• Development of a Program of Requirements (POR) and preliminary site plan to address the functional and operational compliance with USDA design standards, Port Authority of New York and New Jersey (PANYNJ) tenant construction requirements, airport individual State Pollutant Discharge Elimination System (SPDES) Permit limitations, and Federal Aviation Administration (FAA) circulars/regulations.
  • Utilization of sand filters, pre-manufactured pretreatment units, and green technologies (stormwater planters and vegetate swales)

The information obtained from the pre-design phase and preliminary site and stormwater designs will be utilized by a design-build team in the final design and construction of the project.

GOSR Waterford Wetland Drainage

The Village of Waterford, located on the west side of the Hudson River in Saratoga County, experienced catastrophic flooding during Hurricane Irene in August 2011.  A neighborhood of 55 residences at the north end of the Village was inundated by rising water and suffered losses. The Village requested $1 million in Community Development Block Grant – Disaster Relief (CDBG-DR) funding under the New York Rising Community Reconstruction (NYRCR) program to complete the improvements described as the “Wetland Drainage System Improvements” in the Waterford NYRCR Plan.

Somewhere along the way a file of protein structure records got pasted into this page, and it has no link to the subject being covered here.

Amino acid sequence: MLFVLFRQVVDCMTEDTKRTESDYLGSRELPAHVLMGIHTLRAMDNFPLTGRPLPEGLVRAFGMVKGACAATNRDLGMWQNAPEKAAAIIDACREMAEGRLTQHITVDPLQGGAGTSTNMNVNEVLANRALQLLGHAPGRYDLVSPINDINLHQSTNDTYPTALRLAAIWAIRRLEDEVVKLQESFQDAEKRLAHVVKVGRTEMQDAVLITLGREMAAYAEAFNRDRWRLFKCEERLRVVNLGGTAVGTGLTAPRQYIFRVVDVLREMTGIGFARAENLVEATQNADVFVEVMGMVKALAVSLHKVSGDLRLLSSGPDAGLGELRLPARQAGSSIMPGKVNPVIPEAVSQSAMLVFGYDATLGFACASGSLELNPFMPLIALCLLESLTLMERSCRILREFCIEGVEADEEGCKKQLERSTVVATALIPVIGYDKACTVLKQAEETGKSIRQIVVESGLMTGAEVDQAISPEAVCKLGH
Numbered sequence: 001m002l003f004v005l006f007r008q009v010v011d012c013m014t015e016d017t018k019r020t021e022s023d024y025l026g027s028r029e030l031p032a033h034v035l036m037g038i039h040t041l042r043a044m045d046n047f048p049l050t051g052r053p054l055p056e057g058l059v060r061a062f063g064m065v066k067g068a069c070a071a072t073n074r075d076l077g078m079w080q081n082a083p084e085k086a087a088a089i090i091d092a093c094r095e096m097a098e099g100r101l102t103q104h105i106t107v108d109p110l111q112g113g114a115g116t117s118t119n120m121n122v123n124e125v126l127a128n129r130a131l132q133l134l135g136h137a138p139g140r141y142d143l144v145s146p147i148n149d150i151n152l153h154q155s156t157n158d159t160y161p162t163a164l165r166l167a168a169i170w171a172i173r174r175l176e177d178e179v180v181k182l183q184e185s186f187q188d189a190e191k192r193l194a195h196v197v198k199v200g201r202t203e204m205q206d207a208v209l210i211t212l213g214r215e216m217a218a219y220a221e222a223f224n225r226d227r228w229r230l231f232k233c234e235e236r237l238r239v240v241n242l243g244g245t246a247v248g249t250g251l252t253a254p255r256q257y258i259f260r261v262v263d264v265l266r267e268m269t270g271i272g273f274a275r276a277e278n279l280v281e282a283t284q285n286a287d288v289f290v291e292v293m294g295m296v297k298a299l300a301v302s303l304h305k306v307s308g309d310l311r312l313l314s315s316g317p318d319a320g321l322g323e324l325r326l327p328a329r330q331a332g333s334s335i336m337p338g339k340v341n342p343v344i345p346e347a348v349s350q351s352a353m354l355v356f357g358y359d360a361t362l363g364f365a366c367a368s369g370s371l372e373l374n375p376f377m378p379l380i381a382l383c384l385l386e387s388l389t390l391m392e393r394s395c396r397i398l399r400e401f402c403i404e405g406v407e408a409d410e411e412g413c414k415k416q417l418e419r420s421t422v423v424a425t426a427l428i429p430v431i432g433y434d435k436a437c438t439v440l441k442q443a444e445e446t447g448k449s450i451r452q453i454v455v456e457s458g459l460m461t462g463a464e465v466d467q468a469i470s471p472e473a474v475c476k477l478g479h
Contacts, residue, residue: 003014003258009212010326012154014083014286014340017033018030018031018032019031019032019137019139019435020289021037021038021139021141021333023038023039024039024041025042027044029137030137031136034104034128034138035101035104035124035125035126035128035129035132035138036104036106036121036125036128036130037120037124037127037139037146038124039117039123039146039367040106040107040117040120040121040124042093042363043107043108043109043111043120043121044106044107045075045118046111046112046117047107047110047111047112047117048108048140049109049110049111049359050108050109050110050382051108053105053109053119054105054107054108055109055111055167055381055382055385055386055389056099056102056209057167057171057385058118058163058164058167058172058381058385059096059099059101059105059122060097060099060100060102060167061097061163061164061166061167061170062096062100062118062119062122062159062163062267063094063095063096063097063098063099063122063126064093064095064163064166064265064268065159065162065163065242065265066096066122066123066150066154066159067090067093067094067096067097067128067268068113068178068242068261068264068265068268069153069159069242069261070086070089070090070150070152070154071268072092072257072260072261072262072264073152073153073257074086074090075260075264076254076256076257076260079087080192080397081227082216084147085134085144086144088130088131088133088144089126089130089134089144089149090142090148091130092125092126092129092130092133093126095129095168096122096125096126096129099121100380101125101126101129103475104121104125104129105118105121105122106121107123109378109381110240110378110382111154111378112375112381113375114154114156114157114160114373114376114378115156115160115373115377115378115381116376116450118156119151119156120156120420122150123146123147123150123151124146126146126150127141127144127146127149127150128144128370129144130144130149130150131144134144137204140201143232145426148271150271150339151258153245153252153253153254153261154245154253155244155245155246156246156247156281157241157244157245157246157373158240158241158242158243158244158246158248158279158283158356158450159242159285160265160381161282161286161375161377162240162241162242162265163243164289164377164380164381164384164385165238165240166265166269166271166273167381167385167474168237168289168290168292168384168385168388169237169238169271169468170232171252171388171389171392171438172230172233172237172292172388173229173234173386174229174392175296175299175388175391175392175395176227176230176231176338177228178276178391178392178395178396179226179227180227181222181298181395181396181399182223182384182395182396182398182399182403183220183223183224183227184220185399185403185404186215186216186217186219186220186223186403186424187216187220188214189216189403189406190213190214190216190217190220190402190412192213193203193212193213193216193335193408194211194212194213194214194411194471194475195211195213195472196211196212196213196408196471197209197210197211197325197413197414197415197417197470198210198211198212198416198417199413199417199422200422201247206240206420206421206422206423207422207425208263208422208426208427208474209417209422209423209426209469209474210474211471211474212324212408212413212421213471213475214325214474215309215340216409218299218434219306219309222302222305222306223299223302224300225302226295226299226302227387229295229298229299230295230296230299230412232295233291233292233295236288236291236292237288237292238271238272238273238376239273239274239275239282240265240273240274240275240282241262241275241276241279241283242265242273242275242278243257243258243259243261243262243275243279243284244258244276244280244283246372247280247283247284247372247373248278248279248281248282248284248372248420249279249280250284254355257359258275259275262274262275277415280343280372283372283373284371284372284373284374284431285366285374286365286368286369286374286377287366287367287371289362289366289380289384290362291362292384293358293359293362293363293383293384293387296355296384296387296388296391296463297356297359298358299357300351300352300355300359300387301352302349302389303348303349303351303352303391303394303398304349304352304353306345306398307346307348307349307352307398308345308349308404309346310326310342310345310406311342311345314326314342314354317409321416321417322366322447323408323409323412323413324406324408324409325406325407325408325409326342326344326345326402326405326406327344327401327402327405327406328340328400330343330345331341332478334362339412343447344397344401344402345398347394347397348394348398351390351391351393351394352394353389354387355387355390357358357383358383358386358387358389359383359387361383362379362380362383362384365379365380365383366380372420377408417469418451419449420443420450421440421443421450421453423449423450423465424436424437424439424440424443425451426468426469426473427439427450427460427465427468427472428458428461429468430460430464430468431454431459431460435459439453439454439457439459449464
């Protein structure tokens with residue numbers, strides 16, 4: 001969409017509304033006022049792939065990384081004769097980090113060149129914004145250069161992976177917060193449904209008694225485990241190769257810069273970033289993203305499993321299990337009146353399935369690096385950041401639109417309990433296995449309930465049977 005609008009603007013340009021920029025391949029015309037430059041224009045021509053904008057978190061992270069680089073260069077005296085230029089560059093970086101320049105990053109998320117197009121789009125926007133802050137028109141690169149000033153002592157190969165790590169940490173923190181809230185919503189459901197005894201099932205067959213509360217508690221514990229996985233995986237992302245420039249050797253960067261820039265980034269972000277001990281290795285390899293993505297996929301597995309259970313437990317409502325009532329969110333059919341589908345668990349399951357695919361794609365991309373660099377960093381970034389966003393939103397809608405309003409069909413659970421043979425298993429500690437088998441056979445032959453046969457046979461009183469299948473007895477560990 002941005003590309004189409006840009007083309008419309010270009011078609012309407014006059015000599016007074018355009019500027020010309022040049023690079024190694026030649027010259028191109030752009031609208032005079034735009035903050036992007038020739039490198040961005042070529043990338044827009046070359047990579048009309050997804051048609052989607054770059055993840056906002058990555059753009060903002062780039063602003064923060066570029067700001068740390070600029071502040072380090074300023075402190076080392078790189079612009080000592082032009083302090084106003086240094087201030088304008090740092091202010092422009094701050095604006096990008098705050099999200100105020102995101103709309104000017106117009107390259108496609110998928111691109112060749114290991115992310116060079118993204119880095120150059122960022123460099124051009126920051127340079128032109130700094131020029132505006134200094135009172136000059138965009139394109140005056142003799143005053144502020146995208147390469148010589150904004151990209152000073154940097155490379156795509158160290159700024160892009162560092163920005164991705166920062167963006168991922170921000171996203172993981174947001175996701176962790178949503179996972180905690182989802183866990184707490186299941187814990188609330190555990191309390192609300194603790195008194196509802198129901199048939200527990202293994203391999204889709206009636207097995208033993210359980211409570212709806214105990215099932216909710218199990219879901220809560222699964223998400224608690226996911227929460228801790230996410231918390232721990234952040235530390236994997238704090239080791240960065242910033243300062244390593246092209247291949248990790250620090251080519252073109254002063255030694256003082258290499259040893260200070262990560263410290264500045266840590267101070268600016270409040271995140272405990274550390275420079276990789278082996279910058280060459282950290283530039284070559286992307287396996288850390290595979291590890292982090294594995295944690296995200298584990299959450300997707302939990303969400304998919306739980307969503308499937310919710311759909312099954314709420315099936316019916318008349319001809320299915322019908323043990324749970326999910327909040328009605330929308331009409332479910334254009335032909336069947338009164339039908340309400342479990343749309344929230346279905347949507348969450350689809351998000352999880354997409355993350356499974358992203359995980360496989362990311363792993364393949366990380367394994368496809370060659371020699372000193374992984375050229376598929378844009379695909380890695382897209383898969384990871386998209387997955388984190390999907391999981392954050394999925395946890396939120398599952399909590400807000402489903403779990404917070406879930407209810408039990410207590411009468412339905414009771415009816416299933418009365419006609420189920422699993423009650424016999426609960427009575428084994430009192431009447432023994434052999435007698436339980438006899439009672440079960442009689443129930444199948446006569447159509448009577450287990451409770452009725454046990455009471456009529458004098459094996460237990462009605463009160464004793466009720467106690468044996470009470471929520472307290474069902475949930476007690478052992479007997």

Tectonic worked with the Governor’s Office of Storm Recovery to appraise the request, perform an engineering and environmental project feasibility review, evaluate alternatives, outline regulatory requirements, and recommend viable approaches to control or mitigate the flooding impacts with the objective of achieving resiliency.

The final study recommended the provision of backflow prevention and construction of a municipal separate storm sewer trunk to improve drainage, reduce flooding, and increase access to first responders.  A more extensive solution involving wetland detention behind a railroad embankment was found to be only marginally more effective at reducing flooding during high-frequency storm events.

FEMA – Funded Culvert Replacements

Tectonic worked closely with the Town of Warwick to provide multi-discipline engineering services on various culverts and Town roadways that were destroyed after Hurricane Irene and Tropical Storm Lee in August/September 2011. The Federal Emergency Agency (FEMA) declared the region eligible for disaster relief funding and the project was performed under an expedited emergency repair framework. Tectonic coordinated with municipal staff to assess the town-wide damage inflicted by the storms and estimate damages. Ten locations were determined to be “large” FEMA projects and required engineering and permitting to facilitate replacement.